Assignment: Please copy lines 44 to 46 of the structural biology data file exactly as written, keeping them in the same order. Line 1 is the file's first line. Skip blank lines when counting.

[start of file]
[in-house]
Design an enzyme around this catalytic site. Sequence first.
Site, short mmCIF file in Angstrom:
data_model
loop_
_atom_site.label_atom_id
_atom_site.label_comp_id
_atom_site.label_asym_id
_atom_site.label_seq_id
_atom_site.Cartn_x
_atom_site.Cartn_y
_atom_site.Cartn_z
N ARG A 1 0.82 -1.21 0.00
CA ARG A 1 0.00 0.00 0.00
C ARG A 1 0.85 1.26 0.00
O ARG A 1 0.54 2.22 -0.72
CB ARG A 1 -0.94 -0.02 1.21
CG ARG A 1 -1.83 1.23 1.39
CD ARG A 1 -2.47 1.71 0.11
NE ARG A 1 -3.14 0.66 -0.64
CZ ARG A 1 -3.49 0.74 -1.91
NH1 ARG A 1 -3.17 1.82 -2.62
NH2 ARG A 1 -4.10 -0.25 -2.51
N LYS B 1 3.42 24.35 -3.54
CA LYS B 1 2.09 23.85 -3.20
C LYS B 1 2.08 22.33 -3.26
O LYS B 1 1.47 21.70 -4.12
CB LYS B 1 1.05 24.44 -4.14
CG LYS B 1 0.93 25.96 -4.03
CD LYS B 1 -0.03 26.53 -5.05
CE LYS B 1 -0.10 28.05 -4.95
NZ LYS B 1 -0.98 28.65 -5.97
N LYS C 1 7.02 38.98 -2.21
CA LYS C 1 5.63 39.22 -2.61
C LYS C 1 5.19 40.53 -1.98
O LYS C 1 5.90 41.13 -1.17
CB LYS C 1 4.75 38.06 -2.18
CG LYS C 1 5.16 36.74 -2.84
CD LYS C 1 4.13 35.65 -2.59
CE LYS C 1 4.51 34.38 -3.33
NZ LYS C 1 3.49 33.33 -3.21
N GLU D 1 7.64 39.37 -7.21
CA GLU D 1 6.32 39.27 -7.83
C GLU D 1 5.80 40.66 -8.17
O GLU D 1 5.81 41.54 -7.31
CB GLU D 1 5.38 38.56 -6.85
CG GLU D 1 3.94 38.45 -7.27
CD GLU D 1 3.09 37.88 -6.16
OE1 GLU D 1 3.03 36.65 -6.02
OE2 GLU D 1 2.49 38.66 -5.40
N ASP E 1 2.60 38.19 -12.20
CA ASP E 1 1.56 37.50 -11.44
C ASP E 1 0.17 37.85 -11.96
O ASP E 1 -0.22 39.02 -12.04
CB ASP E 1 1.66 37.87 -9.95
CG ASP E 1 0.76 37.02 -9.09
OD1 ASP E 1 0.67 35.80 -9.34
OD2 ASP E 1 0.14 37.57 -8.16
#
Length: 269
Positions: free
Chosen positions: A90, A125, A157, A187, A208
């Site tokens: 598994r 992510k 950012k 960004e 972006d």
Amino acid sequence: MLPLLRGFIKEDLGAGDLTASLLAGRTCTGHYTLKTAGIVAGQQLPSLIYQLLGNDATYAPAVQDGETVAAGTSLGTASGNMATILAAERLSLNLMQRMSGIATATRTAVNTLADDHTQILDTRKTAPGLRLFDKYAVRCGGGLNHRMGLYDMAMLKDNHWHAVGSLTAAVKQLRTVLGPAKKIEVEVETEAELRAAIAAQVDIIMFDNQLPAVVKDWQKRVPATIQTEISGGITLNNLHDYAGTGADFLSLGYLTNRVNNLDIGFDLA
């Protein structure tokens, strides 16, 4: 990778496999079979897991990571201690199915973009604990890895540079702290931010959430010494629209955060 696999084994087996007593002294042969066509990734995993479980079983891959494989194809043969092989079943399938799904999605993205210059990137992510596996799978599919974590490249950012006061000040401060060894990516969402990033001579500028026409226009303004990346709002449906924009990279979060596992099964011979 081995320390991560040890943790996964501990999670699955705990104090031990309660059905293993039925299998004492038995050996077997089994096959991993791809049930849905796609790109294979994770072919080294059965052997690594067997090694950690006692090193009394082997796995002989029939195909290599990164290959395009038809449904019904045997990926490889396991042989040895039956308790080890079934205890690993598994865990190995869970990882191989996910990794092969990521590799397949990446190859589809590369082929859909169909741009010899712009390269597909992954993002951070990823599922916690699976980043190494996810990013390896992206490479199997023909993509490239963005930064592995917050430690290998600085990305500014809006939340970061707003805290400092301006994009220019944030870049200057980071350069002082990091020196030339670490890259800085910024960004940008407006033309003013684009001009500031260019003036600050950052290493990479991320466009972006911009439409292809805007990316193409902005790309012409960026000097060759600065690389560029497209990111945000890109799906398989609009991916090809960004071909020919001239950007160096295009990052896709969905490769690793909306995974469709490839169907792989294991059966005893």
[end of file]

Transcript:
C GLU D 1 5.80 40.66 -8.17
O GLU D 1 5.81 41.54 -7.31
CB GLU D 1 5.38 38.56 -6.85